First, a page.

opposing a motion for summary judgment and give that party the
benefit of any inferences that logically can be drawn from those
facts. Canada v. Union Elec. Co., 135 F.3d 1211,
1212-13 (8th Cir.
1998) (citing Buller v. Buechler, 706 F.2d 844, 846 (8th Cir.
In order for there to be a genuine issue of material fact, the
non-moving party must produce evidence “such that a reasonable jury
could return a verdict for the nonmoving party.” Allison v. Flexway
Trucking, Inc., 28 F.3d 64, 66 (8th Cir. 1994) (quoting Anderson v.
Liberty Lobby, Inc., 477 U.S. 242, 248(1986)); see also Brinkley v.
Entergy Operations, Inc., 602 F.3d 928, 931 (8th Cir. 2010)(“the
non-moving party must be able to show sufficient probative evidence
that would permit a finding in his favor on more than mere
speculation, conjecture, or fantasy”).
Under Arkansas law, when the meaning of an insurance policy is
at issue, “[a] common sense approach should be used, and generally
the words employed in the policy are to be construed in their
plain, ordinary, and popular sense.” Green v. Farmers Ins. Co.,
Inc., 57 F.Supp.2d 729, 732 (W.D. Ark. 1999).
“The terms of an
insurance contract are not to be rewritten under the rule of strict
construction against the company issuing it so as to bind the
insurer to a risk which is plainly excluded and for which it was
Smith v. Shelter Mut. Ins. Co., 327 Ark. 208, 210 (Ark.
However, “[a]lthough ambiguous language . . . should be
construed in favor of the insured, such ambiguity exists only when
Id. (quoting State Farm Fire & Cas. Co. v.
Midgett, 319 Ark. 435, 438, (Ark. 1995).
Claims Arising from Aydani’s Alleged Vandalism
Hortica moves for summary judgment of PNC’s counterclaim for
damages arising from Mr. Aydani’s alleged vandalism and destruction
Hortica has pointed out that the alleged vandalism
occurred after the Policy was cancelled effective 12:01 a.m.,
January 1, 2008.
Proper notice of cancellation was issued to PNC,
and the plain language of the notice is unambiguous.
By PNC’s own admission, the loss it suffered due to alleged
vandalism by Mr. Aydani, occurred “in early 2008,” after he was
fired by PNC and asked to leave PNC property.
Doc. 149, ¶ 59.
This loss therefore occurred after the Policy was cancelled.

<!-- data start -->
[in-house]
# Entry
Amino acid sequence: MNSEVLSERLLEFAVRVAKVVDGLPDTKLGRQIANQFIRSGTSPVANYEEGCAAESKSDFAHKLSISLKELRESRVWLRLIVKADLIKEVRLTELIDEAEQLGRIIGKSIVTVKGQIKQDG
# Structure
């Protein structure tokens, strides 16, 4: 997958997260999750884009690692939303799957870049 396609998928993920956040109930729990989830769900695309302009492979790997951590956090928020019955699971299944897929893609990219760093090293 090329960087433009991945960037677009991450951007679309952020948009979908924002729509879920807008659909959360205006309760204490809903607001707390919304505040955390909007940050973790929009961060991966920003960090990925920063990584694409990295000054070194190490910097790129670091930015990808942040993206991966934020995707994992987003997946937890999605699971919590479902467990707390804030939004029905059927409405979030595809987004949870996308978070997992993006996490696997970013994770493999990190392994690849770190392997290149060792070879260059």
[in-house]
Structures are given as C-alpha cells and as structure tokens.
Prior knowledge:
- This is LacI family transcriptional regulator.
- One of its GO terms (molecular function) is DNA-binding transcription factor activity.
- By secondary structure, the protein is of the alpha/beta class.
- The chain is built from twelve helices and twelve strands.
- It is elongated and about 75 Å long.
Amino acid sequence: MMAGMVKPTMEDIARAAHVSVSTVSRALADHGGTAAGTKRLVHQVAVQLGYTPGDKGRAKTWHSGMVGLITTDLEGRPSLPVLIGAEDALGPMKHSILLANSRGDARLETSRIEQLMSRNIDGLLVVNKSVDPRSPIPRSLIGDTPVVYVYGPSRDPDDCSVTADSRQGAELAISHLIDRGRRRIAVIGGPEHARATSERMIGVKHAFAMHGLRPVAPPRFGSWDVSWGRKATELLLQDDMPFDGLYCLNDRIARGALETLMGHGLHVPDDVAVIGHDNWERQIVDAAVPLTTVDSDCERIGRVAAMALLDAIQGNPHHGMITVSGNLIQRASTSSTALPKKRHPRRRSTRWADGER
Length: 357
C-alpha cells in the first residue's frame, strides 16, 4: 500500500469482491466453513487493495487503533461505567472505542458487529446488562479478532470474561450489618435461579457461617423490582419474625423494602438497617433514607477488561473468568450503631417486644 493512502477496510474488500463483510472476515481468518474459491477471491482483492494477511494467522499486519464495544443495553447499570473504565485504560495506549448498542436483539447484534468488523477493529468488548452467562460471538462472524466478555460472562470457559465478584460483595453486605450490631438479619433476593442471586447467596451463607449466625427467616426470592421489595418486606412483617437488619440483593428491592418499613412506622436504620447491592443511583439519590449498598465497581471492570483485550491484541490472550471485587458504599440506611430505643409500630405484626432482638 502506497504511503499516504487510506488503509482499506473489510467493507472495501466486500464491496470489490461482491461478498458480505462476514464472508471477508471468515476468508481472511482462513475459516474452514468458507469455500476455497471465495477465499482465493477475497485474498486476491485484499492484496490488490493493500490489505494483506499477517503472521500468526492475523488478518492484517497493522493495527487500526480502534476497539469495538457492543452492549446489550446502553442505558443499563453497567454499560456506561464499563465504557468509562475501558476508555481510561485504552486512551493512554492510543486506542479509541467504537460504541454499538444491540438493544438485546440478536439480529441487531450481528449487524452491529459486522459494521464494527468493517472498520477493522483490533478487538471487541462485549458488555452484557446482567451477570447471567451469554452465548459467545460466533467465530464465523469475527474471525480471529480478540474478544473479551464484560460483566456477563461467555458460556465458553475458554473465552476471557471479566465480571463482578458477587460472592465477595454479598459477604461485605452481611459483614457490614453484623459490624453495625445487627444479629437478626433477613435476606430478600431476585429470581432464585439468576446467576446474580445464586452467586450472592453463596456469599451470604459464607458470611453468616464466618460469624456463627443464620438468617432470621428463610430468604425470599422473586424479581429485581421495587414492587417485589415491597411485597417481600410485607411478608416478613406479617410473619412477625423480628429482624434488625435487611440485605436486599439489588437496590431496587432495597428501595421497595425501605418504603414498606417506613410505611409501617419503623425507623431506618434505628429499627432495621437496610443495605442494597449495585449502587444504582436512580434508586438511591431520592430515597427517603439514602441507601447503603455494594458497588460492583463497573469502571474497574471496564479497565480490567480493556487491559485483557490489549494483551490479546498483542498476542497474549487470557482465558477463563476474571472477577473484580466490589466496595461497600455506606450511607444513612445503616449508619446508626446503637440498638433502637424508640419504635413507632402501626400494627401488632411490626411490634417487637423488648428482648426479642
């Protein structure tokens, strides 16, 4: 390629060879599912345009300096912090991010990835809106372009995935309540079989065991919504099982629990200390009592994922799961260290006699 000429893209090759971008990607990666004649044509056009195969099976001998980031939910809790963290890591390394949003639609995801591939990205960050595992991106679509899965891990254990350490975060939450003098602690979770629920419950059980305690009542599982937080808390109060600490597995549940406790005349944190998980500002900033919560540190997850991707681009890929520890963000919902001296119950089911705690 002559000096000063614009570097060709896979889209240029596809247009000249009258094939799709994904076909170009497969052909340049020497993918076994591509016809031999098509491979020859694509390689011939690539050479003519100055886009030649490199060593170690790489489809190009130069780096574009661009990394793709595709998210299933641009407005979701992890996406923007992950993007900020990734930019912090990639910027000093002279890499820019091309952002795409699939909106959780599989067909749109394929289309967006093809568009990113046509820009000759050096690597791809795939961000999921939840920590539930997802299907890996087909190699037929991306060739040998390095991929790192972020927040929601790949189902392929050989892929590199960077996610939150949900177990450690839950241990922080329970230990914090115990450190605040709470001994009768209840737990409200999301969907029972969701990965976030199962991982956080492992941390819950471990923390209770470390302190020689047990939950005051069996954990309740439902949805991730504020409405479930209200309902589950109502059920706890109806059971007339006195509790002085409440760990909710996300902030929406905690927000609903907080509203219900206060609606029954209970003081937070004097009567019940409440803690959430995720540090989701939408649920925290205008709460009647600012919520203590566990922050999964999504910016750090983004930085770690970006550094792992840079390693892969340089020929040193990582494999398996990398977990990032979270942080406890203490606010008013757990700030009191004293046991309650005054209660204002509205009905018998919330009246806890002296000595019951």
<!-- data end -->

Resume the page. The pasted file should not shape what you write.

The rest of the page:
There is no coverage for this loss, and there is no genuine issue
of material fact as to the timing of the loss and the expiration of
coverage under the Policy.
Consequently, this portion of PNC’s
counterclaim against Hortica (Doc. 149, ¶¶ 58-62) is dismissed.
Claims Arising from Aydani’s Alleged Theft/Embezzlement
Hortica also moves for summary judgment of PNC’s counterclaim
for damages arising from Mr. Aydani’s theft or embezzlement from
After consideration of the parties’ briefing on this issue,
the Court finds that there is a genuine issue of material fact as
to whether PNC complied or substantially complied with the notice
requirements of the Policy.
Hortica admits that PNC provided it
documented the claim sometime thereafter.
Doc. 169, pp. 5-7.
addition, Hortica acknowledges that PNC’s claim for theft was
investigated and then placed on “inactive status.”
Id. at p. 6.
Considering these facts, summary judgment as to PNC’s failure to
give adequate notice to Hortica of its claims for employee theft or
embezzlement is denied.
As to Hortica’s pleading in the alternative that it be granted
summary judgment on the dollar limit of recovery for loss caused by
Mr. Aydani’s theft or embezzlement, this is also denied.
Hortica aserts that coverage is limited to $5,000 for all loss
caused by Mr. Aydani’s dishonest acts, the Policy provides up to
$5,000 of coverage for each “occurrence.” Doc. 168-1, p. 13. There
is a material question of fact as to whether an “occurrence” means
each theft brought about by a separate and distinct act, or several
acts in the aggregate committed by a single individual. The Policy
is ambiguous as to what constitutes an “occurrence.”
states: “All loss or damage: (1) Caused by one or more persons; or
(2) Involving a single act or series of related acts; is considered
Doc. 175-2, p. 24.
In attempting to interpret
this language, it is not clear to the Court whether an “occurrence”
is defined as all acts committed by a single individual, a number
of “related acts” committed by an individual, or a single act
committed by an individual.
In the case at bar, PNC alleges that
spanning multiple years, using multiple sources of funding.
Considering the complex nature of the counterclaim for recovery for
Mr. Aydani’s acts of theft and the ambiguity of the contractual
language on this subject, summary judgment is inappropriate.
Hortica does not owe PNC a duty to pay for losses resulting
from the vandalism and destruction of PNC property allegedly
committed by Mr. Aydani in early 2008, after the Policy expired.
Judgment (Doc. 168) is GRANTED in PART with respect to
counterclaim for compensation arising from acts of vandalism, Doc.
149, ¶¶ 58-62.
The Motion is DENIED in PART with respect to
Hortica’s duty to pay for losses resulting from Mr. Aydani’s
alleged theft or embezzlement from PNC.
The Motion is also DENIED
in PART with respect to the limitation of $5,000 on coverage for
all loss caused by Mr. Aydani’s alleged theft or embezzlement.
Trial in this matter remains set for the week of October 17,
IT IS SO ORDERED this 22nd day of August 2011.
/s/ Robert T. Dawson
Robert T. Dawson
United States District Judge